Academic journal article American Studies

THE WHITE NEGRESS: Literature, Minstrelsy, and the Black-Jewish Imaginary

Academic journal article American Studies

THE WHITE NEGRESS: Literature, Minstrelsy, and the Black-Jewish Imaginary

Article excerpt

THE WHITE NEGRESS: Literature, Minstrelsy, and the Black-Jewish Imaginary. By Lori Harrison-Kahan. New Brunswick: Rutgers University Press. 2011.

Lori Kahan-Harrison's The White Negress-deserving winner of the American Studies Association's 2010 Gloria E. Anzaldúa Award-acts as a significant challenge to existing scholarship concerning whiteness, cross-racial performances, and black- Jewish encounters (3). Focusing her research on Jewish and black women's racial appropriations in literature and minstrelsy, Harrison-Kahan demonstrates that gender and sexuality complicate the "masculinist paradigms" that have long circumscribed scholarly explorations of blackface minstrelsy and "black-Jewish relations" (6).

In The White Negress, Harrison-Kahan analyzes the representation of a funda- mentally ambivalent female figure appearing in texts authored by Jewish and black artists during the interwar period. Her four substantive chapters act as case studies, exploring the portrayal of this recurrent character in Sophie Tucker's stage perfor- mances and autobiography Some of These Days (1945), Edna Ferber's Show Boat (1926), Fannie Hurst's Imitation of Life (1933), and Zora Neale Hurston's Moses, Man of the Mountain (1939). Harrison-Kahan names this figure "the white negress" after famed actress Sarah Bernhardt's self-description in her memoir My Double Life (1907). Associated simultaneously with Jewishness, blackness, and whiteness as well as "unconventional femininity," Bernhardt-known for her performance of the belle juive, or "beautiful Jewess"-cultivated a mysterious star persona that traded on her racial ambiguity and gender nonconformity (22). Harrison-Kahan argues that, like Bernhardt, the white negresses of Tucker, Ferber, Hurst, and Hurston's texts are racially ambiguous-Jewish, mixed-race, "racially indeterminate or ethnically unidentified"-New Women, "whose crossing of racial lines becomes intertwined with her defiance of gender and domestic norms" (2). Her central argument is that the white negress complicates the black-white racial binary.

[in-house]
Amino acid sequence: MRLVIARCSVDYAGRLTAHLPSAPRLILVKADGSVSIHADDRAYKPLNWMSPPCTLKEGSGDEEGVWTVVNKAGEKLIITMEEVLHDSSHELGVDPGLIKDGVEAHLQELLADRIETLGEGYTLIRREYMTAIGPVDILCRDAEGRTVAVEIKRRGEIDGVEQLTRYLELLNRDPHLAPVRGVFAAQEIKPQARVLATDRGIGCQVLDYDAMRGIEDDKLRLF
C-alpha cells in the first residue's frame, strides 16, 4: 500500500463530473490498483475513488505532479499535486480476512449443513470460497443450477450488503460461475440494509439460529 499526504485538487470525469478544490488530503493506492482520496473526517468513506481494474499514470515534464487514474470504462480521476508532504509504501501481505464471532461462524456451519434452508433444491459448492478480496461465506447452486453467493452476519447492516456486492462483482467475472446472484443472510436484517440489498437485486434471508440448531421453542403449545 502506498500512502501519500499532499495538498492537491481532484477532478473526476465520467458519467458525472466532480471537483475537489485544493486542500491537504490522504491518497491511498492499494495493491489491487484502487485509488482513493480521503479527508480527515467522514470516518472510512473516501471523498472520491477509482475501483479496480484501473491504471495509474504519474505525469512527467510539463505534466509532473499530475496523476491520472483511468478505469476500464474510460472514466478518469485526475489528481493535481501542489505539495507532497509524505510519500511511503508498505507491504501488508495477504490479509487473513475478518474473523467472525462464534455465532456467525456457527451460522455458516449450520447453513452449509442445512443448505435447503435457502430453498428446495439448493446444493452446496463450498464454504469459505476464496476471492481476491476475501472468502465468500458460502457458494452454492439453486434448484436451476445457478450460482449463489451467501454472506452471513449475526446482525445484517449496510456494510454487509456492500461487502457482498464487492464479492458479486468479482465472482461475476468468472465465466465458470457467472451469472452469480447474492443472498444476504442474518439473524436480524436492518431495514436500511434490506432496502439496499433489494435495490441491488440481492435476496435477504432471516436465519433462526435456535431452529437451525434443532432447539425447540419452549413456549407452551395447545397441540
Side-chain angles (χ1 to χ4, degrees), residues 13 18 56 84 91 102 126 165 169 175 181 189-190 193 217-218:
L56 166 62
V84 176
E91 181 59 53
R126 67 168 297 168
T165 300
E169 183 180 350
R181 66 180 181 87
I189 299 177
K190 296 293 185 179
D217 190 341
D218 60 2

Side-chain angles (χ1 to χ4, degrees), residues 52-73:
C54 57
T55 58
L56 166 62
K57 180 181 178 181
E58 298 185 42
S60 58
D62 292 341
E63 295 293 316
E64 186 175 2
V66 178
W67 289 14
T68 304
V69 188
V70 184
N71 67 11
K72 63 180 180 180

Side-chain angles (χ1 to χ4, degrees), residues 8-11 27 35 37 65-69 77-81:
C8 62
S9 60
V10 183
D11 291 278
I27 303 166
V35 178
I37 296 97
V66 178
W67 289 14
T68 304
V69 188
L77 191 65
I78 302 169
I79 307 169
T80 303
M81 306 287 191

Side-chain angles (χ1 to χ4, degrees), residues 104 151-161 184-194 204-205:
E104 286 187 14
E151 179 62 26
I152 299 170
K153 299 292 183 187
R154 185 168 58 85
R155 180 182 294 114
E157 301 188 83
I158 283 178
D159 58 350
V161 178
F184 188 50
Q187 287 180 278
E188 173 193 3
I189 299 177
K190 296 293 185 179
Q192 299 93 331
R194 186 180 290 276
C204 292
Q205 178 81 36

By analyzing these artists' representations of the sexually and financially in- dependent white negress in minstrelsy and cross-racial narratives, Harrison-Kahan tests longstanding assumptions concerning the motivations behind male Jewish performers' decisions to "cork up." On the one hand, Irving Howe, in World of Our Fathers (1976), proposes that American Jewish performers donned blackface as an expression of their Jewishness, an identity conveyed partly through empathy and solidarity with African Americans and their freedom struggle. …

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